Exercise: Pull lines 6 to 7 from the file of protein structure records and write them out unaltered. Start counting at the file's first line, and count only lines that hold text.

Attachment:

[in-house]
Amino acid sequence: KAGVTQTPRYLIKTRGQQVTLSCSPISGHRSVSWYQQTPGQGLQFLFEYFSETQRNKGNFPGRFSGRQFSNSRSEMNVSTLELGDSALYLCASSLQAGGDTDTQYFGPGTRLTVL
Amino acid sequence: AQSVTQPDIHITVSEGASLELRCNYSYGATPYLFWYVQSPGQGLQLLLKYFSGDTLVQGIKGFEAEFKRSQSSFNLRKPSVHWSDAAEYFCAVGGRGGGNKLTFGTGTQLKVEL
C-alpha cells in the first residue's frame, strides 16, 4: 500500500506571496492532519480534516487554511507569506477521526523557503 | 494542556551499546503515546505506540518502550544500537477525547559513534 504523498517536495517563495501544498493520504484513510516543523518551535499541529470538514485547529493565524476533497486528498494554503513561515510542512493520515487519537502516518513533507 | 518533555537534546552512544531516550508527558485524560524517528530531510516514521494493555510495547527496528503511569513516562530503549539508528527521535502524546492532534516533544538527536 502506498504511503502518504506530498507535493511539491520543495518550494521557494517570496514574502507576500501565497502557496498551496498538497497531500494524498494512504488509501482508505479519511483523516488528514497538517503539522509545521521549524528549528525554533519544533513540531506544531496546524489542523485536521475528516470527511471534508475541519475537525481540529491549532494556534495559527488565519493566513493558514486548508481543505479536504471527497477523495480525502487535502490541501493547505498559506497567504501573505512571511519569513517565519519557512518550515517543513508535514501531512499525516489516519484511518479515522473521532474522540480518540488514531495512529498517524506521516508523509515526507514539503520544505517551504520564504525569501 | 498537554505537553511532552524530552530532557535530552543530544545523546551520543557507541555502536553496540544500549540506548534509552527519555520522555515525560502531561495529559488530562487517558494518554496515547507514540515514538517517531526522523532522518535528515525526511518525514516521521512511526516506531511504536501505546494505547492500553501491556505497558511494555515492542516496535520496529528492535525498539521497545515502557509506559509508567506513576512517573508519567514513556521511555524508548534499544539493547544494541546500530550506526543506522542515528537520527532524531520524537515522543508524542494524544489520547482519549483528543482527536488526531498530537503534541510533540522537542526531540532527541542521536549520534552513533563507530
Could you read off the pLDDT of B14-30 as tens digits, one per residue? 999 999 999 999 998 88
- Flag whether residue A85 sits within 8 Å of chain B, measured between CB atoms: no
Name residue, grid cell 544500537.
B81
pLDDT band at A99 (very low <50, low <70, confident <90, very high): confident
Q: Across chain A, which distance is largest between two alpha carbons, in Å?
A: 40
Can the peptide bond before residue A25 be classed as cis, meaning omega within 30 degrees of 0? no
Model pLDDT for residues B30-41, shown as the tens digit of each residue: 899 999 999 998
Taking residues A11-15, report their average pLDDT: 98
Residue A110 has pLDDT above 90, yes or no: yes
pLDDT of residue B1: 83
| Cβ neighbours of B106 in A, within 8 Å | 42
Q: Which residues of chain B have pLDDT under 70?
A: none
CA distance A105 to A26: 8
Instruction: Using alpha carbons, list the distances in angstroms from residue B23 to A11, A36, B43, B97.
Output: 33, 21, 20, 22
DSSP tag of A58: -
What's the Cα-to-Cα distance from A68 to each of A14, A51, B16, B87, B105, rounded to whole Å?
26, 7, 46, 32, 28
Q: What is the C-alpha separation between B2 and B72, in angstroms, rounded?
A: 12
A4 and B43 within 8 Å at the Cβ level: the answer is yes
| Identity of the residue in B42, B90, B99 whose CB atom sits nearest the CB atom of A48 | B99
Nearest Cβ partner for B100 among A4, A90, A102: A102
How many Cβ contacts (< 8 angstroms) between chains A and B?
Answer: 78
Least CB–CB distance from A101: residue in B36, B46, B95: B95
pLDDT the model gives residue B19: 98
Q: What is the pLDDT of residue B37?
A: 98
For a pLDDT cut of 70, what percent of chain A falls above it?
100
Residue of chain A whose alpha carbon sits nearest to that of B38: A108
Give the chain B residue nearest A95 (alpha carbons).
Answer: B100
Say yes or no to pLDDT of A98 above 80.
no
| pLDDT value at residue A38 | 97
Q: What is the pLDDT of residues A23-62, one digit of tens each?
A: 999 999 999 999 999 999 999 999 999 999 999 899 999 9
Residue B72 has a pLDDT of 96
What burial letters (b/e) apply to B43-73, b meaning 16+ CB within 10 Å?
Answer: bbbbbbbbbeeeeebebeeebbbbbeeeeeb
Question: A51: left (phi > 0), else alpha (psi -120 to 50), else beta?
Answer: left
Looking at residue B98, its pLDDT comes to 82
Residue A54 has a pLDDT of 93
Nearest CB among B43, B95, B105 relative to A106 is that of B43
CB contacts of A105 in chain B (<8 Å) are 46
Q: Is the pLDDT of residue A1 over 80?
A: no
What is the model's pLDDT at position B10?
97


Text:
- Flag whether residue A85 sits within 8 Å of chain B, measured between CB atoms: no
Name residue, grid cell 544500537.